I would imagine Elisha’s take is something along the lines of “piece of cake.  This is hardly any trouble for our God, I can even do this one by messenger.”

Naaman’s a little angry, wanting incantations, fire, fireworks, and it takes Naaman’s own servants to calm him down, and say to him “what’s the harm?  Easily done, taking seven baths in the river.  Why not try it out?”

So he does, and it works.  It doesn’t say how the Arameans and the Israelites’ diplomatic relationship improve after this, we don’t know.  But we know that there was an Aramean general who had a soft spot for the small adjoining country after this. 

You may not be aware of it, but we live in a world with many Gods just like Elisha and Naaman.  If you are of a certain age, you may not be aware because your social circle is probably filled with people who are similar to you, in belief and education and economic class. 

But when you go younger, into the 20’s and teens, you can’t take someone’s faith for granted.  There are people in these younger age groups who have never been to church, or synagogue, or mosque.  And it’s not a big deal, they’ve never been to France, either.  And maybe the trips seem equally daunting.  But there is no God as church people know God, so they are replaced with other Gods. 

Maybe there has never been divine experience at all, and they may call themselves atheists, but they are really agnostics. They’re people from Missouri’ they say ‘show me” when it comes to God.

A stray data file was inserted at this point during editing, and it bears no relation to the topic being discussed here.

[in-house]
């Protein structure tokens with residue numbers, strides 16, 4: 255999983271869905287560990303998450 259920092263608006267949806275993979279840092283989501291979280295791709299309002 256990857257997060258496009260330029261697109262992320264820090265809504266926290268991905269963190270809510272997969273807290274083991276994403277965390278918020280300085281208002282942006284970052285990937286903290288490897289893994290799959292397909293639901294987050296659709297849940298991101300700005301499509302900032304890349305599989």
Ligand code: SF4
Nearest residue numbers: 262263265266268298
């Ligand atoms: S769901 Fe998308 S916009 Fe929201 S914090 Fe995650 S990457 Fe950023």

But we who are here this morning, and everyone in other churches, we all profess to believe in a God.  When you hear the Naaman story, and there is talk about “our God” and “their God”, it makes me wonder; Are we presenting our God properly?  If we

How do we talk about God in our everyday lives?  I’d be willing to bet (if Methodists bet, which they don’t) that we talk about God and our faith little to none.  It’s not polite.  It’s not seemly.  We don’t want to be known as Jesus freaks.  There are people that we can have a high level of trust with, and we may share our faith with them, but in general, we don’t talk about our faith.   You know, that’s ok, sometimes.  In our world, people do not do it well, and often, being asked about your faith is usually a pretext for that person to tell you about theirs.  I’d rather keep to myself, too.

But our God is relational.  Our God has a relationship with us.  Our best sharing of God is in a relationship with others.  The best relationships in our lives are ones of give and take.    

Let your lives be evidence of your belief.  Let your life be a witness.  Let your lives be lived in such a way that people want to know what that inner light is.  Live your lives in such a way that people have to ask why you do what you do.  Why do you go down to that place where the people are weird and smell funny?  Why do you give to that charity?  Why do you take a week of vacation to go to Mississippi to rebuild houses?  It’s your vacation!  Tell me at least there was one drink with an umbrella in it!

It’s just not what we do.  Vacations are not a bad thing, but our actions show our beliefs. 

Let your light shine.

That is who we are.  Let our lives be such that foreign dignitaries come to us for help and healing.     

Let our lives attract our enemies to our grace.